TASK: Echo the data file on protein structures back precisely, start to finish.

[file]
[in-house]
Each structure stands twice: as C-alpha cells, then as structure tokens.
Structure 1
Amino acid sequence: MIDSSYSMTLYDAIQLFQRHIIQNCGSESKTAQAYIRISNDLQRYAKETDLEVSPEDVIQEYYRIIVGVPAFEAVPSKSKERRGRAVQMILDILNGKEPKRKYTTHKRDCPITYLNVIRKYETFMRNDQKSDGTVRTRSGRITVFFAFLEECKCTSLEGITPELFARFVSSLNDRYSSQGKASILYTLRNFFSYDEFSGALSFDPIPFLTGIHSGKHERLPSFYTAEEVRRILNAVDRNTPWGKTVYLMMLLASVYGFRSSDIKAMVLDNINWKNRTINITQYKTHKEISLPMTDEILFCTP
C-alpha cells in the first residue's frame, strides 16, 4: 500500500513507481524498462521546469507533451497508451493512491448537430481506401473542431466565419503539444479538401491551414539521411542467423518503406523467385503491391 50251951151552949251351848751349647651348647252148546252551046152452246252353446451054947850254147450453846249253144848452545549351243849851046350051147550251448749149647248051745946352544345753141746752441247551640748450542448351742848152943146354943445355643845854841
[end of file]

[in-house]
Each structure stands twice: as C-alpha cells, then as structure tokens.
Structure 1
Amino acid sequence: MIDSSYSMTLYDAIQLFQRHIIQNCGSESKTAQAYIRISNDLQRYAKETDLEVSPEDVIQEYYRIIVGVPAFEAVPSKSKERRGRAVQMILDILNGKEPKRKYTTHKRDCPITYLNVIRKYETFMRNDQKSDGTVRTRSGRITVFFAFLEECKCTSLEGITPELFARFVSSLNDRYSSQGKASILYTLRNFFSYDEFSGALSFDPIPFLTGIHSGKHERLPSFYTAEEVRRILNAVDRNTPWGKTVYLMMLLASVYGFRSSDIKAMVLDNINWKNRTINITQYKTHKEISLPMTDEILFCTP
C-alpha cells in the first residue's frame, strides 16, 4: 500500500513507481524498462521546469507533451497508451493512491448537430481506401473542431466565419503539444479538401491551414539521411542467423518503406523467385503491391 50251951151552949251351848751349647651348647252148546252551046152452246252353446451054947850254147450453846249253144848452545549351243849851046350051147550251448749149647248051745946352544345753141746752441247551640748450542448351742848152943146354943445355643845854841